Next Article in Journal
The Anime Connection. Early Euro-Japanese Co-Productions and the Animesque: Form, Rhythm, Design
Next Article in Special Issue
The Function of Luxury: Visual and Material Abundance in Minoru Yamasaki’s U.S. Consulate in Kobe and Federal Science Pavilion in Seattle (1954–62)
Previous Article in Journal
Intertextuality and Mise en Abyme in Nobuhiro Suwa’s H Story and A Perfect Couple. Between European Modernity and Japan
Open AccessArticle

Garish Luxury and the “Constructed Landscape”: Transcending the Colour of Opals in the Griffins’ Capitol Theatre

School of Design and the Built Environment, Faculty of Humanities, Curtin University, Perth 6845, WA, Australia
Received: 18 July 2018 / Revised: 14 September 2018 / Accepted: 25 September 2018 / Published: 3 October 2018
(This article belongs to the Special Issue Architecture Is a Luxury)
Walter Burley Griffin and Marion Mahony Griffin synthesized a modern crystallized interior within their Capitol Theatre design (1920–24) in Melbourne. The Capitol’s auditorium, a mine-like cavity, houses a constructed landscape, elucidating the link between architecture and geological references. Ornamented with prefabricated stepped plasterwork, the auditorium is inserted with opal-coloured light technologies. Through the concept of the “constructed landscape”, this article traces the garish luxury elements found within the Griffins’ Capitol auditorium to understand the design associations between Paul Scheerbart’s Expressionist writings on crystal-glass iconography and William Le Baron Jenney’s symbolic crystal cave. The Griffins’ architectural contribution to the Australian entertainment industry conveys both Jugendstil garden effects and Mesoamerican echoes through its elaborative prismatic ridges. Owing to its transcendental opal allusions, the Capitol’s auditorium shows a constructed landscape model and constitutes a form of garish luxury, exemplifying early Australian glamour. View Full-Text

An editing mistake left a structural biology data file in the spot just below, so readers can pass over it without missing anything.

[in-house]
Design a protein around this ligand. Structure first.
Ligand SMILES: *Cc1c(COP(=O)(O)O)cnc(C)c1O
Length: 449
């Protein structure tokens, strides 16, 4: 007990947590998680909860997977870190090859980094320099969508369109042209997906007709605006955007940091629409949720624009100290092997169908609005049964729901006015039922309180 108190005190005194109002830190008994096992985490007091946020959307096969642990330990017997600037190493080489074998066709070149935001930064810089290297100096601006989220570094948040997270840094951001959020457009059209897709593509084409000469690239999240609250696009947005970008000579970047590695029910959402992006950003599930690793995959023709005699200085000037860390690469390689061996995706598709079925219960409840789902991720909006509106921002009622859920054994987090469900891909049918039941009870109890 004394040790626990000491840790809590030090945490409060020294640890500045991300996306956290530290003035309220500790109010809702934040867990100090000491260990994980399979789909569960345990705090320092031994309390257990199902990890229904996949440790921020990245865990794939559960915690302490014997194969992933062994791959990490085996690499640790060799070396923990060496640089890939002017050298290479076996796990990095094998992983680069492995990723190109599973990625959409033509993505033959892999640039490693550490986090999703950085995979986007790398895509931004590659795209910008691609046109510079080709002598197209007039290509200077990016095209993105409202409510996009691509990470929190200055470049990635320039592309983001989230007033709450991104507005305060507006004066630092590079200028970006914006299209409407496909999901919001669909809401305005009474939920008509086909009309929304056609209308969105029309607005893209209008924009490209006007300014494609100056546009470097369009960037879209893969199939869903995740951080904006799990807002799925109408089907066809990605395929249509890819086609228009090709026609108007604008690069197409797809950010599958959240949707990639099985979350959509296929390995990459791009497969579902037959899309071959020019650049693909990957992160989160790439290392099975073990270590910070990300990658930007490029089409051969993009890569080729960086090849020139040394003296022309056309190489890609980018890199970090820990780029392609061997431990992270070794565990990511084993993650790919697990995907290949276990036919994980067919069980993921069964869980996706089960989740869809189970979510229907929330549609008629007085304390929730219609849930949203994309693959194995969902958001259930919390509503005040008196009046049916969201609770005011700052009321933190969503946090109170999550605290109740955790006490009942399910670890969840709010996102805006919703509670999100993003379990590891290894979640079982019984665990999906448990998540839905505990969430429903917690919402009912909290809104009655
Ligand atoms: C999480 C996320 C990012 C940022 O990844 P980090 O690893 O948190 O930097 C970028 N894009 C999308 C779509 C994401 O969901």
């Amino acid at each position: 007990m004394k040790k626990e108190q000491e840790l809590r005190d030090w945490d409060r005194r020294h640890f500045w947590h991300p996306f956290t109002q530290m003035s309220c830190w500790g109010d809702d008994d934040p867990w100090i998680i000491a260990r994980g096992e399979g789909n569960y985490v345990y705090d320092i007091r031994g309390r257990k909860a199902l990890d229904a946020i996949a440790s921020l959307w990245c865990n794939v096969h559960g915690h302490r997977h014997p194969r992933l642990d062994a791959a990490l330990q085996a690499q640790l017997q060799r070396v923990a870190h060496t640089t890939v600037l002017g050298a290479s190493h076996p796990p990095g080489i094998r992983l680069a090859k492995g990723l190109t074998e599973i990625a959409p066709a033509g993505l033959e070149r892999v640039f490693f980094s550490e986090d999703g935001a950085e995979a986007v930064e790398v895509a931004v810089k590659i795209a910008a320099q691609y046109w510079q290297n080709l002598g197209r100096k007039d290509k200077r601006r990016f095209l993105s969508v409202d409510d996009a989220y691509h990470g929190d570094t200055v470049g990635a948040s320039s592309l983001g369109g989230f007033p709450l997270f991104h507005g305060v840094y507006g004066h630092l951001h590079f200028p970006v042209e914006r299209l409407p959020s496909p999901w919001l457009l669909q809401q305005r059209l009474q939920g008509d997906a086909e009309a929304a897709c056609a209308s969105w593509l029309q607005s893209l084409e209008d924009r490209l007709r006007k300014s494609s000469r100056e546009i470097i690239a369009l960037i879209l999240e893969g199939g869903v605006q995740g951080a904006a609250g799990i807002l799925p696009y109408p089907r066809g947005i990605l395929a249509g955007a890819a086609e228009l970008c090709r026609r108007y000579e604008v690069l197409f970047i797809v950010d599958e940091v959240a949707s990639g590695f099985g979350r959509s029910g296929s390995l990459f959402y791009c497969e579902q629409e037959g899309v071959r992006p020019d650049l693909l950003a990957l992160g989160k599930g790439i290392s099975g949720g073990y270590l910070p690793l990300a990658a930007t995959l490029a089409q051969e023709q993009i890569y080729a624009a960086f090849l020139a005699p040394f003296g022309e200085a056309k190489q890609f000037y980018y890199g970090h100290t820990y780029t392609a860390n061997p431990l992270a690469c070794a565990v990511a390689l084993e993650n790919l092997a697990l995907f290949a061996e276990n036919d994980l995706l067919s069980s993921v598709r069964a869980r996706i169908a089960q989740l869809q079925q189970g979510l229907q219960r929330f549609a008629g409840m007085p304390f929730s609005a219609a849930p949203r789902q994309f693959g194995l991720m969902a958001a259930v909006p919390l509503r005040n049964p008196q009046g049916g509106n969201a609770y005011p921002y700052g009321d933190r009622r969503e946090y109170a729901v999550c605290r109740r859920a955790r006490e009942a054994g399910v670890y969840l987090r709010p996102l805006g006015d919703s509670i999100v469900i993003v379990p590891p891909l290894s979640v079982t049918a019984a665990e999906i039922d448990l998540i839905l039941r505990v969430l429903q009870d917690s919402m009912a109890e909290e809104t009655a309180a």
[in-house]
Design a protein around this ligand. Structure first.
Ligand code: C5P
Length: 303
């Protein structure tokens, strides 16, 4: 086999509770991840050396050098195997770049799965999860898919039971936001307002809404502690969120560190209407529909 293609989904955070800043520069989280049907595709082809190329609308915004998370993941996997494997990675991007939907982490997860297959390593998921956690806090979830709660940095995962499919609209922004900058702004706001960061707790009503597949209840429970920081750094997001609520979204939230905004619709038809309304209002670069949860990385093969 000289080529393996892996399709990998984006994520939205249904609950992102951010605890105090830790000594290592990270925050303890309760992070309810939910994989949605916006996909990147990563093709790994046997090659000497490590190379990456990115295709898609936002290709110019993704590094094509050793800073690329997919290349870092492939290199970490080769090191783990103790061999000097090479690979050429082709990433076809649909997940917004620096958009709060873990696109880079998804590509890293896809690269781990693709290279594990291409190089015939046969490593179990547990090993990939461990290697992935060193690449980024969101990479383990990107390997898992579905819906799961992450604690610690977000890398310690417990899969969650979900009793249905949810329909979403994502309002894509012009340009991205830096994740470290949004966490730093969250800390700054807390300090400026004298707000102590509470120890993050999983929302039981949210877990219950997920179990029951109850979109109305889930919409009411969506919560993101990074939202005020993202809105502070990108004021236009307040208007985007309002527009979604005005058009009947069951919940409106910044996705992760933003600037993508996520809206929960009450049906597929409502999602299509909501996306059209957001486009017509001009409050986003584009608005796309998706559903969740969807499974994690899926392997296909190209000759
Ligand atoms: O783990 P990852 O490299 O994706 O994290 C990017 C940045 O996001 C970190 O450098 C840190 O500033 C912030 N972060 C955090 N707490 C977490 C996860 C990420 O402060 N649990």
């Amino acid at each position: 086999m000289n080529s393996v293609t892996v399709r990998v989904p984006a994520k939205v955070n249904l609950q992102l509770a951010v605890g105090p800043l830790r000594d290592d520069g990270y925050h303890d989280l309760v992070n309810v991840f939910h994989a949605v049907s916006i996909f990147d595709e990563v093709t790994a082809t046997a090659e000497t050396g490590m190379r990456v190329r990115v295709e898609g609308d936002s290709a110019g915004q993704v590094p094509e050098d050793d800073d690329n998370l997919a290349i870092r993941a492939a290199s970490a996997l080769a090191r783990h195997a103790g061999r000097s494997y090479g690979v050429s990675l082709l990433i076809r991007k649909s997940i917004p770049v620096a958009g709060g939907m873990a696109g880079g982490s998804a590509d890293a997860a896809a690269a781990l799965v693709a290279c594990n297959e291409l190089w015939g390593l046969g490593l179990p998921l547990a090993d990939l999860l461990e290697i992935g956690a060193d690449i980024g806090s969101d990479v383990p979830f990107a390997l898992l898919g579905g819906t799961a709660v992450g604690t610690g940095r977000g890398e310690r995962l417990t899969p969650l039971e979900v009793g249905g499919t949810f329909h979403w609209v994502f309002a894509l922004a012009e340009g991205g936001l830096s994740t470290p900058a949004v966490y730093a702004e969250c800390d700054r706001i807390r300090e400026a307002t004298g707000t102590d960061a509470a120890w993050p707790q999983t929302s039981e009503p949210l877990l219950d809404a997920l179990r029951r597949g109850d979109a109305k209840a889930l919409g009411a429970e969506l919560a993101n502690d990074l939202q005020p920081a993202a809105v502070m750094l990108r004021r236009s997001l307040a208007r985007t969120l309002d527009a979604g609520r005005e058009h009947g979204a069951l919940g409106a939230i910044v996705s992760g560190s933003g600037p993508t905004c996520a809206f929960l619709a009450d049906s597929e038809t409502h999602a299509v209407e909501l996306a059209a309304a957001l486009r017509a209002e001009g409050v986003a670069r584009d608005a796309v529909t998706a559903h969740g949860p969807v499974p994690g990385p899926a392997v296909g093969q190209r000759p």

Keywords: garish luxury; constructed landscape; Jugendstil garden; modern architecture; prismatic Expressionists; Mesoamerican influences; early Australian glamour; opals garish luxury; constructed landscape; Jugendstil garden; modern architecture; prismatic Expressionists; Mesoamerican influences; early Australian glamour; opals
Show Figures

Figure 1

MDPI and ACS Style

Condello, A. Garish Luxury and the “Constructed Landscape”: Transcending the Colour of Opals in the Griffins’ Capitol Theatre. Arts 2018, 7, 58.

Show more citation formats Show less citations formats
Note that from the first issue of 2016, MDPI journals use article numbers instead of page numbers. See further details here.

Article Access Map by Country/Region

1
Search more from Scilit
 
Search
Back to TopTop